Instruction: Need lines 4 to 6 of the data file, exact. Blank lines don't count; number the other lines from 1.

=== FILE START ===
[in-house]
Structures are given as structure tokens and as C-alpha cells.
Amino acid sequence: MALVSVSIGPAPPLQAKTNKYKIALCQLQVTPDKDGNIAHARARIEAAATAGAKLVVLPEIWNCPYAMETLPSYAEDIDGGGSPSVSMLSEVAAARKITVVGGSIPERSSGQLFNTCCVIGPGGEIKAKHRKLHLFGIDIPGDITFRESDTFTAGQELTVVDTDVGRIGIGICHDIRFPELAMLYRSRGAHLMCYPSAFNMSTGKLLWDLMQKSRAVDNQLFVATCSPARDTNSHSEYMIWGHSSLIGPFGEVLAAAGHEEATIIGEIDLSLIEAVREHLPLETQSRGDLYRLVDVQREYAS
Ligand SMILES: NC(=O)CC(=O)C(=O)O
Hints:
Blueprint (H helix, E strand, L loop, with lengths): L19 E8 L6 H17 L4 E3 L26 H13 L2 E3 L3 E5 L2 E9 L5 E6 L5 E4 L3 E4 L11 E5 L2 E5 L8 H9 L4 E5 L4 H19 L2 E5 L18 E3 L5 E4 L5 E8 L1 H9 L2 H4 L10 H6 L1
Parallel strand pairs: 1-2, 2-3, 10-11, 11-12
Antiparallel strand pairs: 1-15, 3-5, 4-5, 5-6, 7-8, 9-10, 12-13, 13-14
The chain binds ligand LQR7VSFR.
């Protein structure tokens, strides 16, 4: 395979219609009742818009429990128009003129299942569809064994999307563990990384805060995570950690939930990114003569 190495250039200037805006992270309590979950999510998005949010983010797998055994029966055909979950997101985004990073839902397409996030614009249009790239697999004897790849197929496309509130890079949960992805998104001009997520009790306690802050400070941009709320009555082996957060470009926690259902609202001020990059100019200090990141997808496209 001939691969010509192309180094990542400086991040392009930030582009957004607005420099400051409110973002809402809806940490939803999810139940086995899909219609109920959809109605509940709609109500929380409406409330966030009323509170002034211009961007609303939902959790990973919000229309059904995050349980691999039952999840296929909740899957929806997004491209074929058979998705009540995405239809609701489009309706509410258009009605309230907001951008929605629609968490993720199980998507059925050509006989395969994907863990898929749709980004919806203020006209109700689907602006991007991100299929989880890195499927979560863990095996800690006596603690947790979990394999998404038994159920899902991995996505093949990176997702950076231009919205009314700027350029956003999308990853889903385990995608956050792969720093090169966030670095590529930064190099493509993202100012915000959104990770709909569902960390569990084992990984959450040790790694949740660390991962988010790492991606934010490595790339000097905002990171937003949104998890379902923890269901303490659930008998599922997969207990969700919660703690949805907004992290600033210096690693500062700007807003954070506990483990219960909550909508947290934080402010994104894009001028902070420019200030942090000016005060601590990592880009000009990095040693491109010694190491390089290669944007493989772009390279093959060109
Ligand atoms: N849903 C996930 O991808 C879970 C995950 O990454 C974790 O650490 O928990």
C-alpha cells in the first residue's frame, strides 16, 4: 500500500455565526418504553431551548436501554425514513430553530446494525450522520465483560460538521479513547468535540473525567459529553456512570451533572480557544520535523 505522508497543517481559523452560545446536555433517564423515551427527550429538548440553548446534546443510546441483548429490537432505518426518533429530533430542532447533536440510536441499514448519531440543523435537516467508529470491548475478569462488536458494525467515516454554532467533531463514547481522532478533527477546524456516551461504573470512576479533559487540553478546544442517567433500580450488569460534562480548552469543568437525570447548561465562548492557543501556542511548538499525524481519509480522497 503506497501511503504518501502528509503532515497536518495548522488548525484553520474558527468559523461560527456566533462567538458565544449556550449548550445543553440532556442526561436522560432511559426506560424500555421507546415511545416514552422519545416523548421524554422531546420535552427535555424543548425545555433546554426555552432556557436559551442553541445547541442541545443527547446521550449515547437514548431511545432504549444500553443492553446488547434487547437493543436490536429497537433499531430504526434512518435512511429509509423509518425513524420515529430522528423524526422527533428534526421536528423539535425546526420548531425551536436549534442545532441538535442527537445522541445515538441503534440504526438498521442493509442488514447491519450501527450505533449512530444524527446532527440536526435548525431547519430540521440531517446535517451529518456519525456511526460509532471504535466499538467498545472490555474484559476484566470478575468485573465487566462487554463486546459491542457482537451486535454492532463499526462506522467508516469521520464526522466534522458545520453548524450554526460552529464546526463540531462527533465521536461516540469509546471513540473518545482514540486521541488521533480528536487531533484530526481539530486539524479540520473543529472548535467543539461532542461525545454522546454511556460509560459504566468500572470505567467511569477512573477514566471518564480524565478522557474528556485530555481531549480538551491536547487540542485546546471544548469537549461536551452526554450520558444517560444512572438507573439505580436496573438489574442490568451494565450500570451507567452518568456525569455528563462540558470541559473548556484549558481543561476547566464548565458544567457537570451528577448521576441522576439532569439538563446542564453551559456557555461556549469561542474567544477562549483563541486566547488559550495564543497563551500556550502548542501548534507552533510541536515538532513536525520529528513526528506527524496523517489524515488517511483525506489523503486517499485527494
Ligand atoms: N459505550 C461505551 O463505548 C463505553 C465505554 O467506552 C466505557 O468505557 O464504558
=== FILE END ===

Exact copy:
Ligand SMILES: NC(=O)CC(=O)C(=O)O
Hints:
Blueprint (H helix, E strand, L loop, with lengths): L19 E8 L6 H17 L4 E3 L26 H13 L2 E3 L3 E5 L2 E9 L5 E6 L5 E4 L3 E4 L11 E5 L2 E5 L8 H9 L4 E5 L4 H19 L2 E5 L18 E3 L5 E4 L5 E8 L1 H9 L2 H4 L10 H6 L1